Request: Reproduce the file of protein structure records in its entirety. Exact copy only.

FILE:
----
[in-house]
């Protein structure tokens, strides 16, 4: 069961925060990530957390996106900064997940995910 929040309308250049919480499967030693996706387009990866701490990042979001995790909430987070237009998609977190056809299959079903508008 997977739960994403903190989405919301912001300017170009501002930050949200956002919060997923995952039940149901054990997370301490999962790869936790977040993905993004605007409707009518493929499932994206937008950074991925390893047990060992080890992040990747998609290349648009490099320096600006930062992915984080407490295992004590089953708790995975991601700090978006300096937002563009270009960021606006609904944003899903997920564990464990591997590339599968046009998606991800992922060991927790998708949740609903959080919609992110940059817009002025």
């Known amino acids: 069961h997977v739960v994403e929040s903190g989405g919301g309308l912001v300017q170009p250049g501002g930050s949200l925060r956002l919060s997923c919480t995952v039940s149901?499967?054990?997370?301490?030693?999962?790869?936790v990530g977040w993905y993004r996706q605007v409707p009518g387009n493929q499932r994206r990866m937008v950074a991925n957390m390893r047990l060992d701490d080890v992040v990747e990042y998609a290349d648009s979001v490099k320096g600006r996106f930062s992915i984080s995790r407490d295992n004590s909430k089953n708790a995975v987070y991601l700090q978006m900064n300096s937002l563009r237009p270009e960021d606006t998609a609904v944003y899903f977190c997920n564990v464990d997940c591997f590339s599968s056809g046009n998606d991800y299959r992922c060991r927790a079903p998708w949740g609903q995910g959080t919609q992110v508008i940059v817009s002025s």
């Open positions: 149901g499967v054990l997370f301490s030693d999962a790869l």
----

[in-house]
């Protein structure tokens, strides 16, 4: 069961925060990530957390996106900064997940995910 929040309308250049919480499967030693996706387009990866701490990042979001995790909430987070237009998609977190056809299959079903508008 997977739960994403903190989405919301912001300017170009501002930050949200956002919060997923995952039940149901054990997370301490999962790869936790977040993905993004605007409707009518493929499932994206937008950074991925390893047990060992080890992040990747998609290349648009490099320096600006930062992915984080407490295992004590089953708790995975991601700090978006300096937002563009270009960021606006609904944003899903997920564990464990591997590339599968046009998606991800992922060991927790998708949740609903959080919609992110940059817009002025």
């Known amino acids: 069961h997977v739960v994403e929040s903190g989405g919301g309308l912001v300017q170009p250049g501002g930050s949200l925060r956002l919060s997923c919480t995952v039940s149901?499967?054990?997370?301490?030693?999962?790869?936790v990530g977040w993905y993004r996706q605007v409707p009518g387009n493929q499932r994206r990866m937008v950074a991925n957390m390893r047990l060992d701490d080890v992040v990747e990042y998609a290349d648009s979001v490099k320096g600006r996106f930062s992915i984080s995790r407490d295992n004590s909430k089953n708790a995975v987070y991601l700090q978006m900064n300096s937002l563009r237009p270009e960021d606006t998609a609904v944003y899903f977190c997920n564990v464990d997940c591997f590339s599968s056809g046009n998606d991800y299959r992922c060991r927790a079903p998708w949740g609903q995910g959080t919609q992110v508008i940059v817009s002025s």
């Open positions: 149901g499967v054990l997370f301490s030693d999962a790869l």